Gradually the fighters with their equipment worked their way down the slope. By 10:00 P.M. the mine was deemed safe for entry. At the bottom of the slope six bodies were found, among them the body of little George Hofford. Not until Sunday morning, two days later were the would-be rescuers able to penetrate the innermost reaches of the mine. There they recovered the bodies of the last three victims of the tragic fire.

MINE FIRE

James Long, one of the survivors of the men in the mine at the time of the accident, advised the fire is believed to have caught in the pine timbers supporting the wood at the foot of the slope and surrounding the furnace. When the danger was perceived, Long dropped upon his hands and knees and told his comrades to do the same. An old Scotch miner himself, cautious and self-collected he had the sense to do this and as he crawled out in this way, with his mouth as close as possible to the ground, he passed over the dead bodies of those that had been his living companions but a few minutes before. They had thoughtlessly attempted to save themselves by running but carrying their heads in the upper air got the full force of the burning air and were suffocated. When Mr. Long finally got out of the mine he was well nigh exhausted, but he was yet able to tell the horror-struck crowd above that their efforts to dig out the men were fruitless, all were dead.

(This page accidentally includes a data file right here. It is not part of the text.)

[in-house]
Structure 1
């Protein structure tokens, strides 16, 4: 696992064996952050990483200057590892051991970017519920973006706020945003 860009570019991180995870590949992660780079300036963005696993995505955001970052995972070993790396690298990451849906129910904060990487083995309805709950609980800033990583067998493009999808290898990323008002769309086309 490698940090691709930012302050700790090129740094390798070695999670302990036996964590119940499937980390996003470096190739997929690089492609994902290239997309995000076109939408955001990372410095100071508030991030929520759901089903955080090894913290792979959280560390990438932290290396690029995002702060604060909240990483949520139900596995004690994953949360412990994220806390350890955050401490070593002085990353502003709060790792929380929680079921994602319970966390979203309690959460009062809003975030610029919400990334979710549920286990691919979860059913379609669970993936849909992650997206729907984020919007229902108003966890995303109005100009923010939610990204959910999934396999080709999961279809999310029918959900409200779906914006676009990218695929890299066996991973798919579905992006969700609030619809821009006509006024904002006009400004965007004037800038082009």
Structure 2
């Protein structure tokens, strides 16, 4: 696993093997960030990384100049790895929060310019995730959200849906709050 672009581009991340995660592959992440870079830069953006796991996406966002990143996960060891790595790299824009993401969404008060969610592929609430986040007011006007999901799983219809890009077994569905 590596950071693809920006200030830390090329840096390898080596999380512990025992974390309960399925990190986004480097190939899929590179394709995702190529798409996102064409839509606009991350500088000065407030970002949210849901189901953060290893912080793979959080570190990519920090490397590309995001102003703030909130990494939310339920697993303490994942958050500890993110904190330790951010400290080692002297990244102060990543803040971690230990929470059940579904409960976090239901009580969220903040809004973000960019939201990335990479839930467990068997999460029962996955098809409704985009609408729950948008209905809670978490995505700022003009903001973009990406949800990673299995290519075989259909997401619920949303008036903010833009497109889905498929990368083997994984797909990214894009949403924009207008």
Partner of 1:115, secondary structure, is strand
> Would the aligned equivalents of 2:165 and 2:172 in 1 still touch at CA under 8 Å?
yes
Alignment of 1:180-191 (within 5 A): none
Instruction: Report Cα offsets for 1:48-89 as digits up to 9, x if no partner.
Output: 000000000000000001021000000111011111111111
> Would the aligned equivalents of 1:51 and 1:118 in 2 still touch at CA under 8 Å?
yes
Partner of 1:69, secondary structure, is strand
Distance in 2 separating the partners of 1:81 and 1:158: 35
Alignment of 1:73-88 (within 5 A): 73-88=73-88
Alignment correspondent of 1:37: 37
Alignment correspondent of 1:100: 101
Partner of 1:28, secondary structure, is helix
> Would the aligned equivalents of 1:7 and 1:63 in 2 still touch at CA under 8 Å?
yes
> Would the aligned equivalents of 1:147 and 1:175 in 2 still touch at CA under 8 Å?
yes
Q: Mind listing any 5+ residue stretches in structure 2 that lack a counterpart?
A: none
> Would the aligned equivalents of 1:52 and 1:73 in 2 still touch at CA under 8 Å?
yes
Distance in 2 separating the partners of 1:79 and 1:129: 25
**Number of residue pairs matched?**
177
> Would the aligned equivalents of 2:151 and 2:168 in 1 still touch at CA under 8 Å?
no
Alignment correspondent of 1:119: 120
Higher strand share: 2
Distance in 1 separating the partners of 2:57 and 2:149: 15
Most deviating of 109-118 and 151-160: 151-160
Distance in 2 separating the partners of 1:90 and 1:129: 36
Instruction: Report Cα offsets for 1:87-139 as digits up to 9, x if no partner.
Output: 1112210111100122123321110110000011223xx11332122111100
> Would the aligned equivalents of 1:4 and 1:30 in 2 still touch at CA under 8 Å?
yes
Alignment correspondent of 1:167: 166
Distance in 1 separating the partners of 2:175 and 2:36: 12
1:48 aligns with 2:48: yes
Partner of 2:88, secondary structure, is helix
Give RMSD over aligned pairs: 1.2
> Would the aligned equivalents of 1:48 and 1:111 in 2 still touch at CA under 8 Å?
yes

THE FIRE

On the morning before the fire occurred, John Hutchins of Cleveland, President of the Atwater Coal Company, visited the mine and made a tour of the whole area, and found everything working smoothly and no indications of anything which would cause the calamity that so soon occurred. At two o’clock on Wednesday afternoon eighteen men were working in the mine. Mr. Robarts had just ordered a Mr. Strong to put two shovel-fulls of coal upon the furnace fire, and the command had been obeyed when Strong discovered the existence of fire by the smell of burning wood. He first yelled “fire” and then rushed to the top of the slope, where little George Hofford , a lad nine years of age and who was employed in opening and shutting the doors in the mine was standing. Instead of going down into the mine like a man, he ordered little George to go down and tell the men that the mine was on fire. He obeyed and Sunday morning at one o’clock his little body, all mangled and charred was dragged out of the mud and slime at the bottom of the slope.

ASSISTANCE

As soon as the fire was known in Ravenna, the fire engines were sent down and almost extinguished the flames.. The water however caused the ground-to -cave in and delayed the work of exhuming the bodies. The body of George Hofford was found by two men who crept through a hole just large enough for a man to pass through and dragged the body from the water and mud. Even at this time they discovered some fire still burning at the bottom of the slope.

THE VENTILATION